Figure 3a shows the XRD pattern for the prepared absorbent material. HMCCo-2 had a small, broad peak at 25.6°, which was believed to originate from the (002) crystal plane of the hexagonal graphite CNTs [66]. The peaks at 44.2°, 51.6°, and 75.8° represented the (111), (200), and (220) planes of metallic cobalt with the face-centered cubic structure (JCPDS No. 15–0806), respectively. The small peak for the PM at 6.2° arose from the (002) plane of MXene. Combined with the SEM images, it was found that MXene was successfully encapsulated onto the PS spheres. However, other smaller peaks for the (004), (006), (008), and (0010) planes of MXene shown in Fig. S4 were not observed for PM [67]. The peaks at 7.2°, 10.2°, 12.58°, 14.58°, 16.3°, 17.86°, 24.34°, 26.46°, 29.46°, and 32.2° for PMZ-2 were due to the (002), (112), (022), (013), (222), (233), (134), (044), and (235) planes of ZIF67, respectively [68]. The disappearance of these peaks and generation of the cobalt peaks indicated the conversion of the Co2+ ions in ZIF67 into metallic Co particles.

Fig. 3
figure 3

a XRD patterns for ZIF67, PS, PM, PMZ-2, and HMCCo-2. b Raman spectra of PS, MXene, PM, PMZ-2, and HMCCo-2. c XPS survey. d C 1s spectra of PMZ-2 and HMCCo-2. e Ti 2p spectra of PMZ-2 and HMCCo-2. f Co 2p spectra of PMZ-2 and HMCCo-2

The graphite properties shown via XRD were confirmed with Raman spectroscopy (Fig. 3b). The D band (1355.4 cm−1) and G band (1589.1 cm−1) caused by sp2 hybridization were observed in HMCCo-2. The heights of the D band and G band represent the contents of disordered carbon and graphite carbon, respectively, in the lattice structure [69]. The ratio of \({I}_{D}\) and \({I}_{G}\) in the figure was 0.915, and the strong D band indicated that there may be defects in the graphite carbon or MXene nanosheets in the sample. The main Raman peaks for the PS spheres were at 621, 1030, 1177, 1451, and 1603 cm−1 [70]. The characteristic Raman peaks for PS in PMZ-2 disappeared in HMCCo, implying the removal of PS microspheres, which is consistent with the results of thermogravimetric analysis (Fig. S5). The peaks at 201 and 723 cm−1 arose from Ti–C and C–C vibrations, while the peak at 620 cm−1 was generated by vibrations of the –OH groups. In addition, a characteristic peak for MXene appeared at 1553 cm−1, which was also shown in PM [71, 72]. The peaks at 128, 162, 179, 260, and 687 cm−1 for PMZ-2 were the characteristic peaks of ZIF67, where those at 162 and 179 cm−1 were generated by N–Co–N vibrations, and the peaks at 260 and 687 cm−1 were derived from the C–CH3 bonds in imidazole. The appearance of these peaks indicated the successful growth of ZIF67 on the surface of PM. The characteristic peak for the MXene in HMCCo-2 shifted to 191 cm−1, indicating that the interlayer spacing of MXene had increased after calcination. The peaks at 472 and 675 cm−1 represented the Raman active Eg and A1g modes for CoOx [73]. Therefore, there was oxidized cobalt in the product, but it was not detected by XRD, indicating that the Co nanoparticles in the sample may be encapsulated by thin layers of cobalt oxide. No metal Co particle vibration was observed in Raman, which was consistent with experimental results reported in the literature [74, 75].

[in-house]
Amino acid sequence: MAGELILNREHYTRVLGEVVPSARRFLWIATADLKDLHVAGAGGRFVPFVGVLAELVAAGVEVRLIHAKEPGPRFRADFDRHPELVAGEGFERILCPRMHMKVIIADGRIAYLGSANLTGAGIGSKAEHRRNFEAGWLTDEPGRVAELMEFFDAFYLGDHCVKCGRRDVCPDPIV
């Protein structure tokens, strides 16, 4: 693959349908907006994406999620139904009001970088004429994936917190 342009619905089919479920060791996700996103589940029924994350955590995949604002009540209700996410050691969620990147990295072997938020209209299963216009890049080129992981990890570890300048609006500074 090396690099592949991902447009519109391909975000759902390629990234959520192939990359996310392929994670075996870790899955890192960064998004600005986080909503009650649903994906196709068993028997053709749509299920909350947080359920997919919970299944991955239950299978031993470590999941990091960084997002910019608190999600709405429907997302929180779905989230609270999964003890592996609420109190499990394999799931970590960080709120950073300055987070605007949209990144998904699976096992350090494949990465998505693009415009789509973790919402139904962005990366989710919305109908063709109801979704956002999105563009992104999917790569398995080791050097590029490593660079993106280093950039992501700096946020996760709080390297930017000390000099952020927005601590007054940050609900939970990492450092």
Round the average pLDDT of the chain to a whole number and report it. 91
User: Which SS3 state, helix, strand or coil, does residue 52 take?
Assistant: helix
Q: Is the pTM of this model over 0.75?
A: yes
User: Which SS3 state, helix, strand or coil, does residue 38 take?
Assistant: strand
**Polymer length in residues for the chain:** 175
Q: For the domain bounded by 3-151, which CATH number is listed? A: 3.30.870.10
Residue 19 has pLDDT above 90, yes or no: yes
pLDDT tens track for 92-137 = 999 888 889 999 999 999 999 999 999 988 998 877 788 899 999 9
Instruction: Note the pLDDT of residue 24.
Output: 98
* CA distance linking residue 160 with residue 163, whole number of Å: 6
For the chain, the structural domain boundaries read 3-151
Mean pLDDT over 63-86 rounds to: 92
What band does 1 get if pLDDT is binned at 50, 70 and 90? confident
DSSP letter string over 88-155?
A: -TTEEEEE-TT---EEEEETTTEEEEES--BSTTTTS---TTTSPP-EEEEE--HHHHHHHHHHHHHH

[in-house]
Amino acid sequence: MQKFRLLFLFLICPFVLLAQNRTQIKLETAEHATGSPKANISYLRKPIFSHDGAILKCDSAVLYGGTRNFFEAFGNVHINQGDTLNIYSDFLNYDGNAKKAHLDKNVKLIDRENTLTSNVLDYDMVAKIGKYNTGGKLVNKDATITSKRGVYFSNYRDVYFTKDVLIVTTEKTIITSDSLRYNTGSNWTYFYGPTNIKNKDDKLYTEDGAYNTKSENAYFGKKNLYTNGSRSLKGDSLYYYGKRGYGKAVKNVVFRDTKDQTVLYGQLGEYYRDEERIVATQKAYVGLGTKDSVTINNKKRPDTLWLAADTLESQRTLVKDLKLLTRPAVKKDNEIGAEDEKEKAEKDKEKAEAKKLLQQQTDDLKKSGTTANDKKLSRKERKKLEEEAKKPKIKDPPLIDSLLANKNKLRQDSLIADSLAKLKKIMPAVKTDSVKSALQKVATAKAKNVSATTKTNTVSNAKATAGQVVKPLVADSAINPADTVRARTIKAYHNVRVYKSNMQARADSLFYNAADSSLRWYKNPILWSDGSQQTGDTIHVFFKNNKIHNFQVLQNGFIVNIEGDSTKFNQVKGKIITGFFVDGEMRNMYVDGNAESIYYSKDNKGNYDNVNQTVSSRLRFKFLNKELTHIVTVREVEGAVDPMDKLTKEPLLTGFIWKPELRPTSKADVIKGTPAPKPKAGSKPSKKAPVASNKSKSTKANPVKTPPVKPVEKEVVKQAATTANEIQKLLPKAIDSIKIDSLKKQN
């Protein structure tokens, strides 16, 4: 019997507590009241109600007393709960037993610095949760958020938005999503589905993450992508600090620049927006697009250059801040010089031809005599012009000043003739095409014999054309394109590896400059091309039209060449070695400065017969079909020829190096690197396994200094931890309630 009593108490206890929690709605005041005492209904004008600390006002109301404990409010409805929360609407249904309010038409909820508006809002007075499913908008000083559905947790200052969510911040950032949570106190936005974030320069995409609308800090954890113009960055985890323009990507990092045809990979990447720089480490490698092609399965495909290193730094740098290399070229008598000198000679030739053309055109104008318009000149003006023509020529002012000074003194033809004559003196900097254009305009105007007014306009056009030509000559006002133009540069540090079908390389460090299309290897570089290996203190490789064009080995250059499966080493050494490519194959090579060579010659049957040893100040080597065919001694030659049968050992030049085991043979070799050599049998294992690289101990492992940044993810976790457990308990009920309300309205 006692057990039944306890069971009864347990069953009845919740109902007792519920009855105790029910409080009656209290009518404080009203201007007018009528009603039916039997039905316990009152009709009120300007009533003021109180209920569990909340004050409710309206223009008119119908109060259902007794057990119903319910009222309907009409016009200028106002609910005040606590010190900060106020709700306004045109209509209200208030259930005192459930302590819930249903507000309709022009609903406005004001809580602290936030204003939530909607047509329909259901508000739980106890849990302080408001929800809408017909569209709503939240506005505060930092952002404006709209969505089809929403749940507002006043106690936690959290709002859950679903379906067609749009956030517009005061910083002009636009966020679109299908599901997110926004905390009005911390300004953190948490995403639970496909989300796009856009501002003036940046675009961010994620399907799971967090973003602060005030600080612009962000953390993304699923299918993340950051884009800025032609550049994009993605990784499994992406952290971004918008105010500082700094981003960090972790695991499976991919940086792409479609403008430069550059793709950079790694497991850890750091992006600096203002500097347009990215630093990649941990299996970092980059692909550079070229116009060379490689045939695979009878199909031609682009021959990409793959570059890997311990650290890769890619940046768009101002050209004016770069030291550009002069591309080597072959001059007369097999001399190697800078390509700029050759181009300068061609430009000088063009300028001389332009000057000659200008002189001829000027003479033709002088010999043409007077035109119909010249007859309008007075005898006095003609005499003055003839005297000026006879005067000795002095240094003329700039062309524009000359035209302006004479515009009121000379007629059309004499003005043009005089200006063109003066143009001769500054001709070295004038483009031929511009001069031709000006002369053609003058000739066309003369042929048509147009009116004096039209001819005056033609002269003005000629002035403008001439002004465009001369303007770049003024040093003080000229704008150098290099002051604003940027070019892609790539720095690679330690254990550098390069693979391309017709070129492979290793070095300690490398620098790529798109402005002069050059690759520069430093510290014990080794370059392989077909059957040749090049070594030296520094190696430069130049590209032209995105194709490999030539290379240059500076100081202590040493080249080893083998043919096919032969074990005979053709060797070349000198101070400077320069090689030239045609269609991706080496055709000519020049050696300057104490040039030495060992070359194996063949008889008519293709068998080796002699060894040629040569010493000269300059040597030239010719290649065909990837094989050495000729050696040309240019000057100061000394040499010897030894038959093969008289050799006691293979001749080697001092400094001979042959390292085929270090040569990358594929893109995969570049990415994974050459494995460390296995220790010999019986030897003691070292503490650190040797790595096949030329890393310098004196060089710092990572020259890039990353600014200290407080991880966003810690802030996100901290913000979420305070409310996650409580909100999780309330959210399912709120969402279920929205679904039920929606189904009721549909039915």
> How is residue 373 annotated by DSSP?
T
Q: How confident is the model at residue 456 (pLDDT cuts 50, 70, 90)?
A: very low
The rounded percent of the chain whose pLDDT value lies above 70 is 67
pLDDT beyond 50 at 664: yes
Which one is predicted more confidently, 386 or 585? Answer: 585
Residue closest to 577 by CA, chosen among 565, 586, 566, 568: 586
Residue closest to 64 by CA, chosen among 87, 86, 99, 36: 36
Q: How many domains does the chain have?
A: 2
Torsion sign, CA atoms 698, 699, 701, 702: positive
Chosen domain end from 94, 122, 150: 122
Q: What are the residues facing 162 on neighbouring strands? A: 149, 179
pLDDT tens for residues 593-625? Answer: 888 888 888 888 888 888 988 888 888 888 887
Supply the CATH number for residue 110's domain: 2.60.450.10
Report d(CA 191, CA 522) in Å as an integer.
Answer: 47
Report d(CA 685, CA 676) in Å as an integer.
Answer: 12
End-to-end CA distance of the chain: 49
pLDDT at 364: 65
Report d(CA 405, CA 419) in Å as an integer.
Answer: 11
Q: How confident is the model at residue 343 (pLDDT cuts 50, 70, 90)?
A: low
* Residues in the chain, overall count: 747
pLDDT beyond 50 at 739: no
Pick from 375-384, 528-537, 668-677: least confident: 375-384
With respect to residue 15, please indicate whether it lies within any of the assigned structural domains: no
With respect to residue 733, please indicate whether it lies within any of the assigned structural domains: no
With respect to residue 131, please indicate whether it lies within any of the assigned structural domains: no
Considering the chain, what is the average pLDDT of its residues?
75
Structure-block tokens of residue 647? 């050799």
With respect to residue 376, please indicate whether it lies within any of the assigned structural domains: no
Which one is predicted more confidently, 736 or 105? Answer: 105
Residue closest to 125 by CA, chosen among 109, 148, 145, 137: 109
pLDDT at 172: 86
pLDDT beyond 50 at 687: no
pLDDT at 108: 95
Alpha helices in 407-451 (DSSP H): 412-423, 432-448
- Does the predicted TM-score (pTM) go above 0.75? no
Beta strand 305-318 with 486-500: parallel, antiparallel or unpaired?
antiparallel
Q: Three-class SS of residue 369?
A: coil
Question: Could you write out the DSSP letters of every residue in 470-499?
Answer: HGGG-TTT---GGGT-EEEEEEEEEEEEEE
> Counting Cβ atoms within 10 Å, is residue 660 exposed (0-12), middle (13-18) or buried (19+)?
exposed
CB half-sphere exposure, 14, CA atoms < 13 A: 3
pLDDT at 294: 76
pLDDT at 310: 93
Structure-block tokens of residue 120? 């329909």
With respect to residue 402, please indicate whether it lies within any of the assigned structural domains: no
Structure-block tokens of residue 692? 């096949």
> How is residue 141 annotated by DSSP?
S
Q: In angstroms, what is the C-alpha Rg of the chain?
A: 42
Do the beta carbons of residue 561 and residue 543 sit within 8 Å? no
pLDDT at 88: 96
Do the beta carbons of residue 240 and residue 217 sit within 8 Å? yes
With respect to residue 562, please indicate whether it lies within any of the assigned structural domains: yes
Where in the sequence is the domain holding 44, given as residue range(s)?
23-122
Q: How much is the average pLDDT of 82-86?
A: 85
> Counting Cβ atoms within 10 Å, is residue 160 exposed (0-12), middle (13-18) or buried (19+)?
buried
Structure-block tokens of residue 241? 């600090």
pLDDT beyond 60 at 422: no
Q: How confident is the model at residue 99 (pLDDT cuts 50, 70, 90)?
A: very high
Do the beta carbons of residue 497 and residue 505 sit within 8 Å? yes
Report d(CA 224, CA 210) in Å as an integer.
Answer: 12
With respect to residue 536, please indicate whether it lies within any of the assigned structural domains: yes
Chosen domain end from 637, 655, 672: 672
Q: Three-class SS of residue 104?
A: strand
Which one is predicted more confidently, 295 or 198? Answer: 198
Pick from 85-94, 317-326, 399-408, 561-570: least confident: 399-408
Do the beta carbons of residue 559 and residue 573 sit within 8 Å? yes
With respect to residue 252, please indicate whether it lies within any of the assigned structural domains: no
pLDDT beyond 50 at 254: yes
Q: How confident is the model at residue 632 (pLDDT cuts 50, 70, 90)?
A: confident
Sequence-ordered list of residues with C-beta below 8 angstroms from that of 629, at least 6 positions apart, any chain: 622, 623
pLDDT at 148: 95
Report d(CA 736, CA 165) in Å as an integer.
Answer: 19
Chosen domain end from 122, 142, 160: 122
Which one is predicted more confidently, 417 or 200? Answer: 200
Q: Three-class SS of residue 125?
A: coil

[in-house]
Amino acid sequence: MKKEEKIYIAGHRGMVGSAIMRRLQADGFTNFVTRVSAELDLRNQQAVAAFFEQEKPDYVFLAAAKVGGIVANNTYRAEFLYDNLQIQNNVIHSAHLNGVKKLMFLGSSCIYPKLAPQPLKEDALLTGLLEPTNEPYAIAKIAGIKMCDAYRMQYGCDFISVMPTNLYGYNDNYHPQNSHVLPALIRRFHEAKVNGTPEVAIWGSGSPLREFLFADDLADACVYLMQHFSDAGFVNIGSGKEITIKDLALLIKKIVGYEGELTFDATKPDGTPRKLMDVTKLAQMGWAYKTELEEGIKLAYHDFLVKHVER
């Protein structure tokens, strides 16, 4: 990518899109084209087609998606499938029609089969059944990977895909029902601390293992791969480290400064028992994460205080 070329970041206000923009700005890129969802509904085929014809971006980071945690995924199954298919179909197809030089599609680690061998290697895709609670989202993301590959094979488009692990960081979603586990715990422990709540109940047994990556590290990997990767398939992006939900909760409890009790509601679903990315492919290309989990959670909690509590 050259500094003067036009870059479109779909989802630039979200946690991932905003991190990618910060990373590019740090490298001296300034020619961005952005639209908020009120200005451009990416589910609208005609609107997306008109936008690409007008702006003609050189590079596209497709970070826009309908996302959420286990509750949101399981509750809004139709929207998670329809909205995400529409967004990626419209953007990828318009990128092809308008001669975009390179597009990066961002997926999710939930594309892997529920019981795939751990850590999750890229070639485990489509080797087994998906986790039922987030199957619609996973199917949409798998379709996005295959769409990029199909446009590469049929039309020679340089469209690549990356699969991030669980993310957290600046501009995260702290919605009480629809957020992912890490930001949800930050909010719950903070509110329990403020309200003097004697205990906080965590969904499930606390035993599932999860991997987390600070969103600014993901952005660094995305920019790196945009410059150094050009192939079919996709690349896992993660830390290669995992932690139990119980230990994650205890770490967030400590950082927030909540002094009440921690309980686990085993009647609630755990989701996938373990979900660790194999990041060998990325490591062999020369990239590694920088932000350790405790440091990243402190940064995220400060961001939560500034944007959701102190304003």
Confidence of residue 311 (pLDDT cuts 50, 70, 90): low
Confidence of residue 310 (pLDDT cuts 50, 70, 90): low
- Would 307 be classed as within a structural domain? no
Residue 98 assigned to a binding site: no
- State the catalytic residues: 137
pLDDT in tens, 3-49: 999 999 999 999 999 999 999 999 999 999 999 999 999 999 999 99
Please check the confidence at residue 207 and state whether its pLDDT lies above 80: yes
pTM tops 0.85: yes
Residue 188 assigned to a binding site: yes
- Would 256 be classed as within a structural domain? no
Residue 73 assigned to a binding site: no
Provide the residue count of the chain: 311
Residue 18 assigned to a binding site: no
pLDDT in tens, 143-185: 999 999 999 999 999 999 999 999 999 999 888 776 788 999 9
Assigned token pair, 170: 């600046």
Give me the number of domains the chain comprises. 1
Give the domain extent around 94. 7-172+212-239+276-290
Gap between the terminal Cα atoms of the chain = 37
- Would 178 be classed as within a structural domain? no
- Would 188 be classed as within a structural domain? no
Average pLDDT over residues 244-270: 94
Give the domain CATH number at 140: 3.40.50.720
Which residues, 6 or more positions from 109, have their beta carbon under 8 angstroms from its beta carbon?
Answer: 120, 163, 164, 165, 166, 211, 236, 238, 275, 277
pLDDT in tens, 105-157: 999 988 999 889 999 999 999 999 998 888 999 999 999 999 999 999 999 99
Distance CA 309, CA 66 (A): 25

The chemical compositions and valence states of the PMZ-2 and HMCCo-2 samples were characterized with XPS. Figure 3c–f shows that the sample was composed of C, Ti, Co, N, O, and F. The C 1s peaks at 283.4, 284.3, 284.8, 285.3, 286.2, and 288.2 eV were from C–Ti, Ti–C–O, C–C/C=C, C–N, C–O, and O–C=O groups, respectively [15] (Fig. 3d). The Ti 2p3/2 peaks at 455.4, 457.9, 458.8, and 460.9 eV for the PMZ sample before heat treatment shown in Fig. 3e corresponded to Ti-C, Ti(III), Ti–O, and C–Ti–F groups, respectively. The corresponding Ti 2p1/2 peaks were at 462.3, 464, 464.8, and 466.9 eV, respectively. The HMCCo-2 obtained after calcination only had four distinct peaks, namely, those for Ti–C 2p3/2 and Ti–C 2p1/2 at 454.8 and 462.2 eV, as well as two peaks for Ti–O [76]. Due to the absence of TiO2 peaks in the XRD and Raman data, it is believed that the terminal groups of MXene in the heat-treated sample were replaced by Ti–O [77]. After calcination, metallic Co (Co°) and Co compounds were present in the sample. As shown in Fig. 3f, the peak positions at 778.5 and 793.6 eV correspond to the 2p3/2 and 2p1/2 energy levels of metallic Co, respectively, and those at 780.6 and 795.6 eV were the 2p3/2 and 2p1/2 binding energies of Co(III), respectively. The peaks at 782.3 and 796.9 eV corresponded to the 2p3/2 and 2p1/2 states of Co(II), and the satellite peaks were at 786.3 and 802.4 eV [75, 78]. There was no metallic Co present in the untreated PMZ-2 sample. The deconvoluted N 1 s peaks (Fig. S6a) showed the presence of pyridinic N (398.9 eV), graphitic N (400.8 eV), and oxidized N (403.5 eV) in the sample. According to prior research, abundant pyridinic Ns in HMCCo-2 improve the conductivity [79]. There were five binding energies in the O 1s (Fig. S6b) spectrum of the HMCCo-2 sample for Ti–O (530.3 eV), C–Ti–Ox (531.7 eV), Ti–C–(OH)x (532.7 eV), H2O (533.7 eV) and O–F (535.4 eV) [80]. The peaks for Ti–C–(OH)x and O–F appeared before calcination. The F 1s (Fig. S6c) peaks for the C–Ti–F (684.4 eV) groups appeared in the samples before and after calcination [81].